Super Lawyers
William C. Altreuter

Wednesday, October 11, 2023

 To Lyle Lovett and Leo Kottke last night at Kleinhans, a pleasant evening, although perhaps longer on conversation and shorter on playing than I might have have preferred. It was genial, rambling conversation, with Lovett mostly prompting Kottke. It was originally billed as an evening with Lovett and John Hiatt, but Hiatt hurt himself hiking, so Kottke filled in. Packed house, and I gotta say that any time I go to Kleinhans I marvel at how very nearly the hall comes close to stealing the show. Kottke didn't play any 12 string- he complained of stiffness in the little finger of his fretting hand- and it look a bit for his playing to loosen up, but a stiff Leo Kottke is still pretty amazing. Lovett, who I am a bit surprised we've not seen before, is, of course, hilarious. So that was a nice Tuesday evening

Thursday, October 05, 2023

 Bob Dylan's Desire is oddly popular among some people, which suggests to me that with Dylan a person's point of entry matters a great deal. I think there are three of four solid songs on it. I think "Hurricane" slaps along, but is minor Dylan- it got a lot of airplay, and was popular with old hippies who liked Protest Song Dylan, but I've never trusted it. 

The real low point on Desire is the song about Crazy Joey Gallo, an endless, tuneless dirge that gets so much wrong that it calls into question Dylan's reliability about everything else he ever wrote that was supposedly fact based. Interestingly this is one of the songs he wrote collaborating with Jacques Levy. Someday I will finish the piece I have in my Dylan files about Dylan's collaborators. In the meanwhile here's an excellent article by Lester Bangs about "Joey".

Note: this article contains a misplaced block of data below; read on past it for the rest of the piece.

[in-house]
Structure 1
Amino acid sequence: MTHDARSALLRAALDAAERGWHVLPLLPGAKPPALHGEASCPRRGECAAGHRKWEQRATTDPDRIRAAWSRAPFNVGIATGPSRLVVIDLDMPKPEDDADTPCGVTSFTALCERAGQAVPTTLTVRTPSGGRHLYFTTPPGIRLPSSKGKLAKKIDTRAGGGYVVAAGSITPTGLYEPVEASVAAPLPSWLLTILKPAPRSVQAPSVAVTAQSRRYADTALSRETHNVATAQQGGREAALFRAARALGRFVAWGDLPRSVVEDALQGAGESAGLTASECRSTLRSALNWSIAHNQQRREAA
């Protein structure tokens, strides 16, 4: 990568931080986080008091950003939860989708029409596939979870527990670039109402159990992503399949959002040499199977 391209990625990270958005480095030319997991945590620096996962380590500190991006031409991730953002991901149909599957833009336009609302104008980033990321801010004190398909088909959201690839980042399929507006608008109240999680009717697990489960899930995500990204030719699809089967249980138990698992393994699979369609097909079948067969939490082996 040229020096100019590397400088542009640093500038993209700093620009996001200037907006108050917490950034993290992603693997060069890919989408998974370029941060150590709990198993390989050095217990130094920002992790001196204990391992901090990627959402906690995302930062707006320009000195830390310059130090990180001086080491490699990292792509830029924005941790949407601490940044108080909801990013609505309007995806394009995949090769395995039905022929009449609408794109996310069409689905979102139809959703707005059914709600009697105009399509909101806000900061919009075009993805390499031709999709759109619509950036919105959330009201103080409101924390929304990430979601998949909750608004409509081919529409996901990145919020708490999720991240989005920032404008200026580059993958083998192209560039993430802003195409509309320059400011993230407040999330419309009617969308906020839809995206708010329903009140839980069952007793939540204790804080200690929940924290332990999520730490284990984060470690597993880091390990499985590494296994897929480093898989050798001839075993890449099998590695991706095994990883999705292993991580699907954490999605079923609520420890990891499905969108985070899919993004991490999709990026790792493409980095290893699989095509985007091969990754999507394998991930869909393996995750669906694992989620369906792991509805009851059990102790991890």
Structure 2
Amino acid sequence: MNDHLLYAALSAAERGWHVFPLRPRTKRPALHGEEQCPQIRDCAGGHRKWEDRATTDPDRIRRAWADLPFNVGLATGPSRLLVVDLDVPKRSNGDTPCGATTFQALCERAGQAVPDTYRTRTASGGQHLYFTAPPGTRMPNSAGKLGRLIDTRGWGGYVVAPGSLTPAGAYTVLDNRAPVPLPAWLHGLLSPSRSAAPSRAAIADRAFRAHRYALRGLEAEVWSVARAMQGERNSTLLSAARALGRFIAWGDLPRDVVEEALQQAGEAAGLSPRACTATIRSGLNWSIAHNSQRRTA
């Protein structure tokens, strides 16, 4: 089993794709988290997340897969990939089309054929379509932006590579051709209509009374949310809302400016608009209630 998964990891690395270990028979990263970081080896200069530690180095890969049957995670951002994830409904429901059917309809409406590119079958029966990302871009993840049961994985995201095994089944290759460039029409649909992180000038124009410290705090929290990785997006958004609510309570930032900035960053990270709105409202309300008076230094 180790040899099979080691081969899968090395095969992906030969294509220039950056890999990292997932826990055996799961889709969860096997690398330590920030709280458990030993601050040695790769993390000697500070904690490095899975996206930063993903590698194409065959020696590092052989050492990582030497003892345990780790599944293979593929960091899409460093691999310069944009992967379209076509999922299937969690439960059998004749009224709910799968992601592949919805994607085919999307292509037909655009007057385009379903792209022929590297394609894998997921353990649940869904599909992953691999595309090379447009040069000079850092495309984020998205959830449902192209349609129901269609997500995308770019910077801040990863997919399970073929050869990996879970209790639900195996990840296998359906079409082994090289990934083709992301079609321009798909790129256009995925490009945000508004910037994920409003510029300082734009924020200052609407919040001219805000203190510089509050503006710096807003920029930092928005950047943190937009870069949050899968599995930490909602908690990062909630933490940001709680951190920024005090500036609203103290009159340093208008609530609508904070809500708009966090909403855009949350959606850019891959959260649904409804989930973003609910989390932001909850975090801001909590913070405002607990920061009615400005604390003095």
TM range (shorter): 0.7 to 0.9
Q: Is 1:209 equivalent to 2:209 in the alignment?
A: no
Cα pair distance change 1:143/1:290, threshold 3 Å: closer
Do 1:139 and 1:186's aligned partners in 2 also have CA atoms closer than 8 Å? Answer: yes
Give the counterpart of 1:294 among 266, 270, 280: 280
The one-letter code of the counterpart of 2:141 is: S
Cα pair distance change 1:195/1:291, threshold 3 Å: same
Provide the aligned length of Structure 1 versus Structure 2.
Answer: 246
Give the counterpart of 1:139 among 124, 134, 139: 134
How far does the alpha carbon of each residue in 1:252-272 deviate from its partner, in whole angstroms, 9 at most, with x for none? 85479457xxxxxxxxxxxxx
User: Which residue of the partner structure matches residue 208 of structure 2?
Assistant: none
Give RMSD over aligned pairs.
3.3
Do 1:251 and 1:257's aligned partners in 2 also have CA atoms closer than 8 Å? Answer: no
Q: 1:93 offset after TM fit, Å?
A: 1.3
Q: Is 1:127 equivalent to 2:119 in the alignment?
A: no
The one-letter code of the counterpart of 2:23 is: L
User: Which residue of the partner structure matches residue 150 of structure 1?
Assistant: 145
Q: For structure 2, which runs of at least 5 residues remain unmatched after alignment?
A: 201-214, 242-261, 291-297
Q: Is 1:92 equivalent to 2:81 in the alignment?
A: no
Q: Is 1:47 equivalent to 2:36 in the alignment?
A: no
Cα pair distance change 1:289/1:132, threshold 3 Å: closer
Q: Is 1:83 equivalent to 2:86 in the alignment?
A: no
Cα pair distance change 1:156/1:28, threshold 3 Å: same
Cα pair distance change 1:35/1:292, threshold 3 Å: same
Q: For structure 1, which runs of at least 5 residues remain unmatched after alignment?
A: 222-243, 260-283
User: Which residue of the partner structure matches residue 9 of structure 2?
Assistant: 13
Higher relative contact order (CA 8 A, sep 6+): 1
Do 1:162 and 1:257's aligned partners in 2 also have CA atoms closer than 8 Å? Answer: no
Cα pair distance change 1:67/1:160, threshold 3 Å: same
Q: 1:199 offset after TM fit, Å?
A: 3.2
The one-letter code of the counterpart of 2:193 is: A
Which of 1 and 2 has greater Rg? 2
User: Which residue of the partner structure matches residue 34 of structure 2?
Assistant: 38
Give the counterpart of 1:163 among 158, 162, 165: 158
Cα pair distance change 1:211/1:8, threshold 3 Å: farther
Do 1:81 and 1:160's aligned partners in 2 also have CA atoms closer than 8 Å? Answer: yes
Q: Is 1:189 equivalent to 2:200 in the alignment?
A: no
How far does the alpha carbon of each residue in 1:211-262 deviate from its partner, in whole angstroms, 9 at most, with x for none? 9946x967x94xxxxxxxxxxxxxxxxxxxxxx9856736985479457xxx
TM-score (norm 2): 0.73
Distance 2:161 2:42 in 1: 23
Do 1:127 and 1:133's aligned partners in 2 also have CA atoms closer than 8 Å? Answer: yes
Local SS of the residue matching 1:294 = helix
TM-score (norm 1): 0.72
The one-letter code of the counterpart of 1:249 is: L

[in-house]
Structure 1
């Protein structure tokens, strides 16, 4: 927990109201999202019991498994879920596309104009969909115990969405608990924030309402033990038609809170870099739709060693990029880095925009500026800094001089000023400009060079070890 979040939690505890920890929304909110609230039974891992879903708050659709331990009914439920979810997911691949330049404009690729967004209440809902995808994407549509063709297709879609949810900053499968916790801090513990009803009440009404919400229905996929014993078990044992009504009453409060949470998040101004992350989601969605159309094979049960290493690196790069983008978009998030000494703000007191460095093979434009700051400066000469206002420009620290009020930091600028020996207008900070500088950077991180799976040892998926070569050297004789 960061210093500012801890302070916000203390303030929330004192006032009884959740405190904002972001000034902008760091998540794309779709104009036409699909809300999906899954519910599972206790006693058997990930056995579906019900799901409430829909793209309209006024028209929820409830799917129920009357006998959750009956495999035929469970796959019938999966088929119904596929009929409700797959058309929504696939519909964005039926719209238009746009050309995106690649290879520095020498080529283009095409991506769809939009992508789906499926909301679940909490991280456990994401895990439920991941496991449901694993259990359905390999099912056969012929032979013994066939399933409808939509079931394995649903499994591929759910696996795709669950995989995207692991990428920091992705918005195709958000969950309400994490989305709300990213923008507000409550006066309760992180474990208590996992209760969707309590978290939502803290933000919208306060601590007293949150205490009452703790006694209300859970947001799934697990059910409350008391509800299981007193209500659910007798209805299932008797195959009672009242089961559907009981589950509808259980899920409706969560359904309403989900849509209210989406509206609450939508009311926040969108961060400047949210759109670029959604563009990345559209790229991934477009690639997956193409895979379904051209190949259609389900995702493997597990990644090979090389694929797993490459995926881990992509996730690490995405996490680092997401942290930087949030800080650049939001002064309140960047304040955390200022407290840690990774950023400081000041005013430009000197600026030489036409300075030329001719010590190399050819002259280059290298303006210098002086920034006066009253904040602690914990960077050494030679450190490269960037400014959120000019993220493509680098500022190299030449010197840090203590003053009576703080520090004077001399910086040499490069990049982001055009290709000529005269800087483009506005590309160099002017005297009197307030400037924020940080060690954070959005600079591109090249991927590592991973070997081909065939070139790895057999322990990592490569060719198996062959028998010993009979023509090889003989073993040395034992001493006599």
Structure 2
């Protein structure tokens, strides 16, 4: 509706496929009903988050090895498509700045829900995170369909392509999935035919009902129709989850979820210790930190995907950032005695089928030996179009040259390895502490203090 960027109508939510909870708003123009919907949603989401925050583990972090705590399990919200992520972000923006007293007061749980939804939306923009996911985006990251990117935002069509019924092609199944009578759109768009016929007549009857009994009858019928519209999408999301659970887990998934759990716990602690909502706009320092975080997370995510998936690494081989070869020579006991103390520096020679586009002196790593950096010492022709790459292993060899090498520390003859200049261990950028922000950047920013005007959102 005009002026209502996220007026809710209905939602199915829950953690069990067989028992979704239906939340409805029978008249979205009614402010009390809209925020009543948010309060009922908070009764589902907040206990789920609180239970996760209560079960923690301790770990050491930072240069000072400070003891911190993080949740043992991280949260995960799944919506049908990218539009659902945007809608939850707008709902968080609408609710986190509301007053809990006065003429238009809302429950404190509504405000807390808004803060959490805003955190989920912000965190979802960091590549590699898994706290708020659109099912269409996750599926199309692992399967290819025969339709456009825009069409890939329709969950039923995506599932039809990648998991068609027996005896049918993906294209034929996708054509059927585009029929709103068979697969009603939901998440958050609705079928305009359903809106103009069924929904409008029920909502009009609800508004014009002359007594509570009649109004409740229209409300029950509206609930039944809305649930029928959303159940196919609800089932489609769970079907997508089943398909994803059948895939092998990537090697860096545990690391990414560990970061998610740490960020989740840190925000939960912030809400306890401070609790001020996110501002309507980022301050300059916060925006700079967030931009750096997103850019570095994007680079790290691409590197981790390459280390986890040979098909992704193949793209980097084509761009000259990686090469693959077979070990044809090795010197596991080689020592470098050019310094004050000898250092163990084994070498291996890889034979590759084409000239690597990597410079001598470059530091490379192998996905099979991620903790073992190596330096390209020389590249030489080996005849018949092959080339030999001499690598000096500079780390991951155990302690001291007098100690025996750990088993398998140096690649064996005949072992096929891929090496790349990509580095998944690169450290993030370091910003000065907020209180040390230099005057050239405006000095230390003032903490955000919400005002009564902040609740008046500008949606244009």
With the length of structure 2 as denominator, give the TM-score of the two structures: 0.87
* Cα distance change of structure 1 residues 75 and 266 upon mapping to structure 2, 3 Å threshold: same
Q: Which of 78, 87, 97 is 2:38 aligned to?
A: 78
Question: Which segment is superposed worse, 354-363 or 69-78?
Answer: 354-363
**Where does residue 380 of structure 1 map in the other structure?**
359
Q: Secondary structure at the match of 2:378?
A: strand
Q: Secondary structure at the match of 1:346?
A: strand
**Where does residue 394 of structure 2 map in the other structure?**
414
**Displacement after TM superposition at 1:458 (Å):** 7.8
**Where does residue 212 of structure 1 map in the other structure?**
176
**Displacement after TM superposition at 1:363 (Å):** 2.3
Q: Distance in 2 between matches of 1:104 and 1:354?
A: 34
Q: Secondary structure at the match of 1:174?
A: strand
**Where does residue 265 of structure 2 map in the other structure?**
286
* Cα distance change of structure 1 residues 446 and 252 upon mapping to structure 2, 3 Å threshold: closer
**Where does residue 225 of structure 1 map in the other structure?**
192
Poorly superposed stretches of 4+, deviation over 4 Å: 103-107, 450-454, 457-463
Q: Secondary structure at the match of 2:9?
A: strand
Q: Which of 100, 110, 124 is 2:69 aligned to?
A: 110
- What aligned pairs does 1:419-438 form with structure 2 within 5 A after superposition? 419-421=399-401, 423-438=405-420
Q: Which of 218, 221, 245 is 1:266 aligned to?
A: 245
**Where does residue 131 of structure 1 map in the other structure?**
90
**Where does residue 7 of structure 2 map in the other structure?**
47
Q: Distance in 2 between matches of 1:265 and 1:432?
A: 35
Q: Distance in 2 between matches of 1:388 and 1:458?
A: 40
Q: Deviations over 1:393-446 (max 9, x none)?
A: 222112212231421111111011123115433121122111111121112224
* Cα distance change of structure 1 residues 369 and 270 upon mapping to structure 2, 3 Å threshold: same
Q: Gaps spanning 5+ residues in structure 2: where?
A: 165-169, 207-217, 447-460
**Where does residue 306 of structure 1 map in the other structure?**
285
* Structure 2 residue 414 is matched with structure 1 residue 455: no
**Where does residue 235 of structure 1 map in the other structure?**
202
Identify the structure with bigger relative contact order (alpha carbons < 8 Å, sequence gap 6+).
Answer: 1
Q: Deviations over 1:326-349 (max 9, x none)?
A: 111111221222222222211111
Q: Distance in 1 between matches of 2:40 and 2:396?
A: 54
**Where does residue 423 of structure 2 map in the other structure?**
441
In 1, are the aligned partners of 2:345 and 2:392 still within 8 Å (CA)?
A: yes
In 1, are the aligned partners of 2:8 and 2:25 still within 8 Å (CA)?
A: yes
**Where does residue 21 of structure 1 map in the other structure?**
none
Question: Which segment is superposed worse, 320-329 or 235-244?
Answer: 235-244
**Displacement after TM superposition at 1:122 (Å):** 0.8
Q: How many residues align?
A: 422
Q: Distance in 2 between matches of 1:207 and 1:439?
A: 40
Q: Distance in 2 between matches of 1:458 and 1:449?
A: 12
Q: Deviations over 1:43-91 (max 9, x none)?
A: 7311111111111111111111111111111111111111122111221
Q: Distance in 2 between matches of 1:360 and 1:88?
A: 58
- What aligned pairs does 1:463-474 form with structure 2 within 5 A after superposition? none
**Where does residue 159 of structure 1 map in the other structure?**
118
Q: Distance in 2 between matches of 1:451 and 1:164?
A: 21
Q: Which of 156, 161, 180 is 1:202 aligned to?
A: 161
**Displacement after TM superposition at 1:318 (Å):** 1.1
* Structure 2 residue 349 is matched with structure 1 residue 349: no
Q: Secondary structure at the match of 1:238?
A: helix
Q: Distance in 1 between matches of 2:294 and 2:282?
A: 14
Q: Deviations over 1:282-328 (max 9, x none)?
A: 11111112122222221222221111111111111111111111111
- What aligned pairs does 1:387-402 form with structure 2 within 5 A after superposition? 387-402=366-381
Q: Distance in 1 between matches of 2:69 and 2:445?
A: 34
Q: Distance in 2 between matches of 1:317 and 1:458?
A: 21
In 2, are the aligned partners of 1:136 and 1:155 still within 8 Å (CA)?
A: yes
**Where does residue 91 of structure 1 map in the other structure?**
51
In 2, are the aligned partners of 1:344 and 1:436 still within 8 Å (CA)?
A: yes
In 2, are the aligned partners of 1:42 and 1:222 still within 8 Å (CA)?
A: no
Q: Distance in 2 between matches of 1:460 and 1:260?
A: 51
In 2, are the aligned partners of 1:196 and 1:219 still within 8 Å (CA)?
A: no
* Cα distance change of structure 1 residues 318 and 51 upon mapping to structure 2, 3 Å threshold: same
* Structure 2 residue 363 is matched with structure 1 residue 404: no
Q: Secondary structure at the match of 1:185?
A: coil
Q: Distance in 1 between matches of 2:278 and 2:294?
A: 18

Wednesday, October 04, 2023


For some time I've been thinking that the likely end point for the Republican Party will be for whoever is left that is not infected with the Trump virus to unite with what we used to call Blue Dog Democrats to form a new conservative group. In some ways this might be what No Labels already is. This fusion would render the characters like Gaetz and Greene and their ilk irrelevant- vestigial, marginal figures whose sole agenda is self-aggrandizement. Of course, in order for this to happen it would be necessary to find enough Republican who believe that government and governance are important, and the prion disease that Ronald Reagan infected them with earlier may have already whipped those Republicans out.

I'm not advocating for this outcome- the conservative impulse in American politics is not something I'd like to see encouraged- but the present Republican Party is not a sustainable entity

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